"I consider these results meaningless. It does not appear to do overwhelming harm. But until proven otherwise, it's a pure placebo effect," says Dr. Jonathan Marmur, an assistant professor of medicine in the cardiology division at Mount Sinai School of Medicine in New York City. "This should be seen strictly as preliminary data to serve as a basis to do a serious trial."

One curious thing about the results was that patients responded immediately or had no improvement whatsoever, Schatz notes.

"It's an almost all-or-nothing phenomenon. You can't prove new blood vessels are there, but there's increased blood flow [to the heart]," he says. "We don't know why some [patients] do good, and some don't."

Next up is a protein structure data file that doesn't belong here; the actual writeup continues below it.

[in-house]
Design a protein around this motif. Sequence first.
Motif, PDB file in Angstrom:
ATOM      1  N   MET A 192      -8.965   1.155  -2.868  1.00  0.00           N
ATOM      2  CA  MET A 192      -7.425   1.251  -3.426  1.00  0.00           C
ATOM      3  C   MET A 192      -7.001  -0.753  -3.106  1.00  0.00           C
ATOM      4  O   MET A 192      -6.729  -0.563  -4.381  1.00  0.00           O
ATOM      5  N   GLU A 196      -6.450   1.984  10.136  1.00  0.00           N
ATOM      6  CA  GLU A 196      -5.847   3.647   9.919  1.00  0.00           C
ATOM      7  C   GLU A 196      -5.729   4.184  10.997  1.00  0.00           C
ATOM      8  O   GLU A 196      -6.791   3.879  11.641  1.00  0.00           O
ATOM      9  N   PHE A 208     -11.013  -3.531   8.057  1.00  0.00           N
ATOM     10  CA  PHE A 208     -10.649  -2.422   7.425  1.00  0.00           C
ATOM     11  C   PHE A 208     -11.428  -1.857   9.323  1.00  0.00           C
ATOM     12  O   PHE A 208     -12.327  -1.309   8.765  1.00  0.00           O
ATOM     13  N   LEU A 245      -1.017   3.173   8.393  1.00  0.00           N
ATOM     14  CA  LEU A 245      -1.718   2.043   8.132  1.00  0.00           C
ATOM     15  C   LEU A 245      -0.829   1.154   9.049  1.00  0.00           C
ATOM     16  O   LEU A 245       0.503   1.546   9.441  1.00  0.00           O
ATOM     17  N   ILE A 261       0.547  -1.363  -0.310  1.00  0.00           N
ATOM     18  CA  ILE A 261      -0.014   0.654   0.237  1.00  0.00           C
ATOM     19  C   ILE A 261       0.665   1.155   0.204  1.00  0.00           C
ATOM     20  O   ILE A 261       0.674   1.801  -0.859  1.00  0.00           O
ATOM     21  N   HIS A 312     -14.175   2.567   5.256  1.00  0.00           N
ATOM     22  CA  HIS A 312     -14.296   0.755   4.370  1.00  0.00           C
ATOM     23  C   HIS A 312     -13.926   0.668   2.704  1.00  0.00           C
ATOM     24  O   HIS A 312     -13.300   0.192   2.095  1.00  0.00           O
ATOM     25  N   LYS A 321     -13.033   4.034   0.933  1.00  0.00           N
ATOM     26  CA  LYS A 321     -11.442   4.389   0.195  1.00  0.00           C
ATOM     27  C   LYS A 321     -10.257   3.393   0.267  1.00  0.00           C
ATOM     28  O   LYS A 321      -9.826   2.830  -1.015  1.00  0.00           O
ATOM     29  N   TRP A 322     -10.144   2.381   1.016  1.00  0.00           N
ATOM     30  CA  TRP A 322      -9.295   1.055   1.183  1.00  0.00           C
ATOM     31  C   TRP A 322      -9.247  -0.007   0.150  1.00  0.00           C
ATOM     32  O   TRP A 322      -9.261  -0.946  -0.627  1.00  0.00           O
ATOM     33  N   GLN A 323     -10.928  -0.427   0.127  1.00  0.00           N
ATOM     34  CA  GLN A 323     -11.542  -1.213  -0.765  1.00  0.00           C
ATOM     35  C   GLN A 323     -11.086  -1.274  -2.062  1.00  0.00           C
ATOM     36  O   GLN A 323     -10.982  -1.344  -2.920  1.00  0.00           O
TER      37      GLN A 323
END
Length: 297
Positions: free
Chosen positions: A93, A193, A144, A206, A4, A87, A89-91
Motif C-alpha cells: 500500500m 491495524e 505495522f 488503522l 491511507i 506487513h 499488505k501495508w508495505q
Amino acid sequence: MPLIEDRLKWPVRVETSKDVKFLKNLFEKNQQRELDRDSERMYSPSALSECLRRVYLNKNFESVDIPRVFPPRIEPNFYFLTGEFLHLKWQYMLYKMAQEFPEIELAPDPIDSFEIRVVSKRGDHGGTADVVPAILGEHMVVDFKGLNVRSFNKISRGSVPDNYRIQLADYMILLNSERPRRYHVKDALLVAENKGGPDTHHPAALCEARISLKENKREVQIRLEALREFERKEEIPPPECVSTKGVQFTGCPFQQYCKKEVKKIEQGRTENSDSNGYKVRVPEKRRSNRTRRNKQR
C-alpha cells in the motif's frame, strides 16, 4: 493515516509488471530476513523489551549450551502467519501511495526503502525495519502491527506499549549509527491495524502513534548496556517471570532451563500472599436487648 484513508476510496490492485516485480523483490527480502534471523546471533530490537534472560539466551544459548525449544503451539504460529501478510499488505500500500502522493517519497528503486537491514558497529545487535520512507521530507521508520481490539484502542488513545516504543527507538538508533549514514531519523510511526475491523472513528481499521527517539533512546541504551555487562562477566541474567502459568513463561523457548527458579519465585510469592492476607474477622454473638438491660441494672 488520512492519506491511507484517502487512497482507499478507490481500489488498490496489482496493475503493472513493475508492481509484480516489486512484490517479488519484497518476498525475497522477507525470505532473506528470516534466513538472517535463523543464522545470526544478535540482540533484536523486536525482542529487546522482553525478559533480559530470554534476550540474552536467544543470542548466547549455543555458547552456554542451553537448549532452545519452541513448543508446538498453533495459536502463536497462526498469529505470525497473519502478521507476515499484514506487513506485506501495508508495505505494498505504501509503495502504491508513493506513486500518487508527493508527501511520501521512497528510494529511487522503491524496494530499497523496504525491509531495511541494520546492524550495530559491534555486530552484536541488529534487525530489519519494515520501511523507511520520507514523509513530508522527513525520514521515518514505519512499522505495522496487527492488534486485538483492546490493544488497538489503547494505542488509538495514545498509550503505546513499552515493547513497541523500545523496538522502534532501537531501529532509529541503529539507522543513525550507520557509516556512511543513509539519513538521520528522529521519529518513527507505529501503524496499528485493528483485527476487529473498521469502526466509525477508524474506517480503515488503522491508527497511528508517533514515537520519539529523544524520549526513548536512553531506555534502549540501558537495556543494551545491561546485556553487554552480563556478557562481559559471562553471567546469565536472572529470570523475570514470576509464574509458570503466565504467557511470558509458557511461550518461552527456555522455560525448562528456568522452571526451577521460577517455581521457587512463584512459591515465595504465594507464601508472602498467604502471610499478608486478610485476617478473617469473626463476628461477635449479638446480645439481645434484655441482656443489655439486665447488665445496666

And at this point, VEGF therapy only works in the area where it's injected, Schatz notes.

"It's not a cure for the entire heart yet. The area has to be damaged live tissue first," he says, adding that that fact doesn't dampen his enthusiasm for the therapy. "There's enough evidence in the preliminary phases that whatever it is, it's going to be pretty darn good. There's something there."

What To Do

Check out this primer on VEGF.

And here's more news on VEGF therapy.

The AHA has this article on a large study last year that looked at the safety and effectiveness of VEGF therapy.

SOURCES: Interviews with Richard A. Schatz, M.D., Scripps Clinic, San Diego, Calif.; Jacque Braswell, VEGF patient, La Mirada, Calif.; Jonathan Marmur, M.D., assistant professor, Department of Medicine, Division of Cardiology, Mount Sinai School of Medicine, New York City; Nov. 12, 2001, presentations, American Heart Association's Scientific Sessions 2001 conference, Anaheim, Calif.